Browning Needles and Die Off

Signs of overwatering include browning needles, wilting branches, and die-off. Never let the tree sit in standing water, and provide ample mulch to keep moisture around the tree's base, which helps the tree between waterings and drought periods.

Red or Purple Needles

If you notice needles turning purple, red, brown, or dead leaves in the spring, it's likely the result of winter injury. Winter injury is often caused by stress; in many cases, it could be underwatering or drought conditions. If you live in a place with wintery weather, do not plant blue spruce in the fall since it does not give the tree enough time to establish its roots properly to brace for the winter weather.

Bottoms Appears to Be Dying

Spruce decline is a term for a dying spruce tree that usually will not recuperate due to one of several factors. This condition is often caused by temperatures that are too high, high humidity, low air circulation, too much moisture on the needles or in the soil, fungal diseases, or insect activity.

You can attempt to revive the tree by correcting the issue affecting the tree—often disease or insects. Some fungicides might effectively treat needle cast disease over the long term but can only protect new growth (it will not revive old growth). Canker diseases are rarely repaired with fungicide; removing the affected branches is usually the best way to stop the spread of that disease.

  • How fast do blue spruce grow and how long lived are they?

    Blue spruce is a long-lived tree with a slow growth rate, growing about 1 to 2 inches annually. They mature at about 20 to 30 years when they produce seeds. On average, they can live up to 200 years, although some specimens have been found that are about 600 years old.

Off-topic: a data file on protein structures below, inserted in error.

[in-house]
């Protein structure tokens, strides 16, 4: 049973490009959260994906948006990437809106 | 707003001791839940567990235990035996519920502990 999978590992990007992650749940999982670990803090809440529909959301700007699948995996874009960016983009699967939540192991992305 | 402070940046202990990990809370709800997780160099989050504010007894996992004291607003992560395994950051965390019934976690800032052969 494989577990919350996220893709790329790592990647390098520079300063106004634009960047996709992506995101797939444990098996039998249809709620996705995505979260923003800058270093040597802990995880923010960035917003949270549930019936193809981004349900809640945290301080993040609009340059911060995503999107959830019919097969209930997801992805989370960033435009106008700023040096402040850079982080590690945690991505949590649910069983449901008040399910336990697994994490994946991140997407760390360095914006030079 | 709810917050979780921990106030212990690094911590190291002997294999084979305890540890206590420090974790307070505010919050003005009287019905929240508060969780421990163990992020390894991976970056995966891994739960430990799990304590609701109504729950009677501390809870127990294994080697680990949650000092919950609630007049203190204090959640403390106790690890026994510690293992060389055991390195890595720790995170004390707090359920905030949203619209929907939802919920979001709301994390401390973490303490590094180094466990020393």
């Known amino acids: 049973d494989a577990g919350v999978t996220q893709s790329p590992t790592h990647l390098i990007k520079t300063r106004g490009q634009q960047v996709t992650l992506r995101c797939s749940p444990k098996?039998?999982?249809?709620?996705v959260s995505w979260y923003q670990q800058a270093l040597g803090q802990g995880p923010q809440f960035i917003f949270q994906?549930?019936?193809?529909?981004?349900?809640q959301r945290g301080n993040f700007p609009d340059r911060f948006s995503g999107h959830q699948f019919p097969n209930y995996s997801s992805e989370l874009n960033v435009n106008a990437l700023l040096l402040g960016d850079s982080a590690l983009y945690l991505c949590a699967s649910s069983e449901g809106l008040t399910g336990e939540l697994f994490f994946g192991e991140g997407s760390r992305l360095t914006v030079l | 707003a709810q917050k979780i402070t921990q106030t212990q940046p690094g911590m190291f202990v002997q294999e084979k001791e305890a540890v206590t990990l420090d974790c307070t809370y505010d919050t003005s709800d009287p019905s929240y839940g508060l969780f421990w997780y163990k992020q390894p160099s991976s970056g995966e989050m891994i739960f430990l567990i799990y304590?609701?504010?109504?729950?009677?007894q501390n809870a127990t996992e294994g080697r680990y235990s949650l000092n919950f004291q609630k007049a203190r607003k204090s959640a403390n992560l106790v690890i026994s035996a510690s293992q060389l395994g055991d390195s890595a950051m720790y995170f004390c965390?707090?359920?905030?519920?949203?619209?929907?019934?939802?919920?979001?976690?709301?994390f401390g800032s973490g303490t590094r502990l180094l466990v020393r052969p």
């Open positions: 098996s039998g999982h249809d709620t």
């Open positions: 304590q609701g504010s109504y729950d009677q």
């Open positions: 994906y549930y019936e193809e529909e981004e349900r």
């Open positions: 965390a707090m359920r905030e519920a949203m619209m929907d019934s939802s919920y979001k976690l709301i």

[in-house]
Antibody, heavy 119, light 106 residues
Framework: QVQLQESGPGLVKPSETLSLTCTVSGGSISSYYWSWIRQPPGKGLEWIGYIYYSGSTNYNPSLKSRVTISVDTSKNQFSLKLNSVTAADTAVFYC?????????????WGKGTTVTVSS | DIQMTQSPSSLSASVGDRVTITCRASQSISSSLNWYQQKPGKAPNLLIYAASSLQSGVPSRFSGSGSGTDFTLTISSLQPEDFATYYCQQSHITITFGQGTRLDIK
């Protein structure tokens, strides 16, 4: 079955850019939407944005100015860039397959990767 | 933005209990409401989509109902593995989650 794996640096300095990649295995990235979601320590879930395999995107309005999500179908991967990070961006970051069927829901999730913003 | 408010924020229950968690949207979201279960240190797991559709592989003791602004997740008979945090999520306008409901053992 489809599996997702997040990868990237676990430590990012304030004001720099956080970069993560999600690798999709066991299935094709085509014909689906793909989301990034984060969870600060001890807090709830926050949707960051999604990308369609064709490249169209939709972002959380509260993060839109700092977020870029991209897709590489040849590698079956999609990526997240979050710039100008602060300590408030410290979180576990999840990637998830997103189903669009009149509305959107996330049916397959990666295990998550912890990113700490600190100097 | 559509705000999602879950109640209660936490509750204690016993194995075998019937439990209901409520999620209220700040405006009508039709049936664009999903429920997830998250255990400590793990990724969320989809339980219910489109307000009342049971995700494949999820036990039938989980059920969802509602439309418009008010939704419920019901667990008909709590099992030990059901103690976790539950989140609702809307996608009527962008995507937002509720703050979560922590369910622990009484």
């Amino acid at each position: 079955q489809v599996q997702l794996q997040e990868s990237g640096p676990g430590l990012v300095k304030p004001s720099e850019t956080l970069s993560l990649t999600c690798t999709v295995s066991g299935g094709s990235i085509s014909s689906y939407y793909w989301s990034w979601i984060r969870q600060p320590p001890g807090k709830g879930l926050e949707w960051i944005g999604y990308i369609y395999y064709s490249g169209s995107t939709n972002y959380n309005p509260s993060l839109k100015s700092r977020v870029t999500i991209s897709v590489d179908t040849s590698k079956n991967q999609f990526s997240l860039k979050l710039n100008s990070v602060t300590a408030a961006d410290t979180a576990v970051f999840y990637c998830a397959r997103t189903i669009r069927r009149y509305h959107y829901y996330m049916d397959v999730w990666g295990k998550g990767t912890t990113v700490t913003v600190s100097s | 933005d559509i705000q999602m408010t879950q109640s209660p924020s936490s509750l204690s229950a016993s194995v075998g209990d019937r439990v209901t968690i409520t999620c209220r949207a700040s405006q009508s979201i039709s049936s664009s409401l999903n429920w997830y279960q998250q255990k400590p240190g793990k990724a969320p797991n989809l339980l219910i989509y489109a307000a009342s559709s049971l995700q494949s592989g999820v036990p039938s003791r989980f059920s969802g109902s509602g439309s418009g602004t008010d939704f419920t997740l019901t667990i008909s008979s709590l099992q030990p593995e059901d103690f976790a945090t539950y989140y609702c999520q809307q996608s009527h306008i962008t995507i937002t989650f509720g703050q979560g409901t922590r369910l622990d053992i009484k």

• What are the pros and cons with Colorado blue spruce trees?

    The great thing about blue spruce trees is they are usually long-lived, make great Christmas trees, and serve as a sturdy windbreak and privacy screen. The biggest disadvantages are its susceptibility to fungal diseases and several types of insects that infest spruce trees.

  • Are Colorado blue spruce trees messy trees?

    Colorado blue spruce trees are not messy trees in the fall, besides some usual needle drop; you don't have to worry about cleaning up after these trees.

  • How is Colorado blue spruce used in landscaping?

    Colorado blue spruce trees are seen planted in rows to form windbreaks or as a "living wall" privacy screen, but they are equally used ornamentally as specimen trees in backyard landscapes.

Article Sources
The Spruce uses only high-quality sources, including peer-reviewed studies, to support the facts within our articles. Read our editorial process to learn more about how we fact-check and keep our content accurate, reliable, and trustworthy.
  1. Blue Spruce: Common Health Issues in the Landscape. University of Massachusetts Amherst Extension Landscape, Nursery and Urban Forestry Program.

  2. Blue spruce. U.S. Department of Agriculture and Natural Resources Conservation Service.

  3. What is spruce decline and what should you do about it? Christmas Trees.